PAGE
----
03.07.17Once more we found ourselves on a bus again following an overnight stay at ShannKalay Guest House in Yangon.(It never ceases to amaze me how far out of town Bus Stations are in Myanmar. Sometimes driving by taxi for an hour and a half out of town, just to get to it!)

Stupas are round. Temples have a square footprint. There are many hundreds of them throughout the area.

At 21:00 we got on board for a 9-hour overnight journey north to the city of Mandalay. Bus stations (to a stranger), seem like a chaotic “madhouse” of feverish & chaotic activity. However, it all seems to work reasonably well, and we find ourselves ensconced in a rather nice Swedish built Scania Vabis Executive coach with A/C, fully reclining, comfortable seats, onboard seat back t.v. sets with a choice of films in most languages. There are also snacks and drinks on offer.09.07.17 Mandalay seems overwhelmed with temples and stupa of varying sizes and styles.The town is fairly spread out and has a walled “Citadel” which the army appears to be used as a barracks. Only stopping a couple of nights then another coach trip south to a town called Bagan lying on the Irrawaddy river.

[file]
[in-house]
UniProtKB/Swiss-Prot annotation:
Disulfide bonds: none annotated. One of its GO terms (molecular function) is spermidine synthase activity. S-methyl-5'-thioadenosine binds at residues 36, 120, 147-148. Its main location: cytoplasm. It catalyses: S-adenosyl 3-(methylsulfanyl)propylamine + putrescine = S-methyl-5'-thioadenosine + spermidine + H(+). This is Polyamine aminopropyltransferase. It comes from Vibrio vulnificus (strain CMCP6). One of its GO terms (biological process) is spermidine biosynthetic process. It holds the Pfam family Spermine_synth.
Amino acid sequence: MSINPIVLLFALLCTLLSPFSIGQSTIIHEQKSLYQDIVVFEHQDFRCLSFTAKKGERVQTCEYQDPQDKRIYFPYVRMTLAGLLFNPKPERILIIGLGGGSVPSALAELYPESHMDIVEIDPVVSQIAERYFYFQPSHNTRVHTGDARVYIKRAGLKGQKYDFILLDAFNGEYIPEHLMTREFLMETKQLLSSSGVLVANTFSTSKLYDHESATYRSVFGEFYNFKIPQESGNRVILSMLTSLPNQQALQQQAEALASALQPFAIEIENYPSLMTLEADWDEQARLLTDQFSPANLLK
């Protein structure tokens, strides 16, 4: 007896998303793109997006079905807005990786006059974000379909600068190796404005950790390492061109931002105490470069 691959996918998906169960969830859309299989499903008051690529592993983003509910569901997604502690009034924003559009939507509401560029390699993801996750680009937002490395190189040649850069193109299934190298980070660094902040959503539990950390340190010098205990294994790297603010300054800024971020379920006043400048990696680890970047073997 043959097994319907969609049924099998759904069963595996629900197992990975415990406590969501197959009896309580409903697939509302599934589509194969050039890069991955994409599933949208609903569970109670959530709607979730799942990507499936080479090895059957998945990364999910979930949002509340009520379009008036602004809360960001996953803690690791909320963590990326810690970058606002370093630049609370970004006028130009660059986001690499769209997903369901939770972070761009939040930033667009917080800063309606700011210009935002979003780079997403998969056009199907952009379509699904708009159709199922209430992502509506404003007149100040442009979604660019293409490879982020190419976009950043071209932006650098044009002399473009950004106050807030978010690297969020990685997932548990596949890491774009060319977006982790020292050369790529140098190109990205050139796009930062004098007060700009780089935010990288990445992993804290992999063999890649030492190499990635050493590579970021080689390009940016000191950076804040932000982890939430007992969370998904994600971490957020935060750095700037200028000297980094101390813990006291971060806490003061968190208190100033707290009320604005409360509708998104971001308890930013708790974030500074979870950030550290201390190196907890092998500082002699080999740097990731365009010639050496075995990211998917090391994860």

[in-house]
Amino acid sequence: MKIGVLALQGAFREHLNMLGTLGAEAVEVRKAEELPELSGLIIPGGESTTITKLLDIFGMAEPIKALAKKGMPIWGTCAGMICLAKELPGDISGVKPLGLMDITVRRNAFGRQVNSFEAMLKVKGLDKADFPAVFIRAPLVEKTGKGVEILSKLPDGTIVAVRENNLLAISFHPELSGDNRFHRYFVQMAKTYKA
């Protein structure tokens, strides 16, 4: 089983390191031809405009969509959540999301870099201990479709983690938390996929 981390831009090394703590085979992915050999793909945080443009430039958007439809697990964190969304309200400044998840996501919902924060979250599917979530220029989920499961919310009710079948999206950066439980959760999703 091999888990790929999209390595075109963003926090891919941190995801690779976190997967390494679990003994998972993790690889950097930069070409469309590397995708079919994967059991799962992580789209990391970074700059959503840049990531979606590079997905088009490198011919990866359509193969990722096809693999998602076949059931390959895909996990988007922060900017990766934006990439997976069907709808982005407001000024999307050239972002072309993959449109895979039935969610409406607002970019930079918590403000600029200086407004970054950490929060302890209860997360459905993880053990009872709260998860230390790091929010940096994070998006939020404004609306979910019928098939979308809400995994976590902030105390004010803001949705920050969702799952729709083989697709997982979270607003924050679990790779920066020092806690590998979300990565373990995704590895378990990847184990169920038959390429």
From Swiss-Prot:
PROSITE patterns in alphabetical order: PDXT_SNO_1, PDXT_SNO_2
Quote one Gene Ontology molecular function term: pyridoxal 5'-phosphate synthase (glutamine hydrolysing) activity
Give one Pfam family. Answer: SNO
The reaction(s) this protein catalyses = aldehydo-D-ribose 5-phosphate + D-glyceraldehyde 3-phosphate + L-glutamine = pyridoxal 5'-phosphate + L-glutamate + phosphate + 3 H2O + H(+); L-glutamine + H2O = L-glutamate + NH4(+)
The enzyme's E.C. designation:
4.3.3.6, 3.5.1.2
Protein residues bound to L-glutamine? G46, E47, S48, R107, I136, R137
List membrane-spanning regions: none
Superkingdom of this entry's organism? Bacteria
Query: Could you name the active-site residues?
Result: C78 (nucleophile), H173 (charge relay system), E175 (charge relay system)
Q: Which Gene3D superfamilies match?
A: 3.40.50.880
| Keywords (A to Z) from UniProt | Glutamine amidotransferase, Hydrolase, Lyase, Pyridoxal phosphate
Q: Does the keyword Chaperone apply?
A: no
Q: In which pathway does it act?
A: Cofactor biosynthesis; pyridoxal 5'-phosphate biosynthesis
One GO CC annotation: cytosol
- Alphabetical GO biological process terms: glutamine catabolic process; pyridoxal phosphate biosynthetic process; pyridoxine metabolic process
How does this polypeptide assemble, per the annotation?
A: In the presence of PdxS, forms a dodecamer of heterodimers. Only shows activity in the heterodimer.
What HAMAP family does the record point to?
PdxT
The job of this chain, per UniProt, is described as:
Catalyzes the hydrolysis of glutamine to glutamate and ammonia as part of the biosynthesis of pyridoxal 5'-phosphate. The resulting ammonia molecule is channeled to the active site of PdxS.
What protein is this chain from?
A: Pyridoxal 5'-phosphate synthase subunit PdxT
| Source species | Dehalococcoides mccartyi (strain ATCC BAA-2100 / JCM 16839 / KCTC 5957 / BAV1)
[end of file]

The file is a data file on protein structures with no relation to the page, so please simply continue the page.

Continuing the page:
Most every woman and child seems to have a predisposition to paint their faces. Now whether this started out as “sun protection” & ended up being quite fashionable, I know not. Quite unusual though.

Though a rather dusty place, it has a vibrancy and development is taking place very quickly as the economy opens up to enterprise and irrepressible entrepreneurs.08.07.17 Inle LakeArrived here in the early hours (04:30) and got into town by Tuk Tuk as the bus station was some distance from town. However, the night watchman woke at our calling and kindly let us in. It was still dark.

A lady of the Kayan tribe who inhabit an area in NE east Burma close to the Thai border

Women of the Kayan Lahwi tribe are well known for wearing neck rings, brass coils that are placed around the neck, appearing to lengthen it.
In the late 1980s and early 1990s due to conflict with the military regime in Myanmar, many Kayan tribes fled to the Thai border area.[3] Among the refugee camps set-up, there was a Long Neck section, which became a tourist site, self-sufficient on tourist revenue and not needing financial assistance.

Tomorrow will take a native boat trip around Inle Lake to visit some villages, Stupas, watching fisherman at their labours and a visit a floating tomato farm which are plentiful around this area of the country.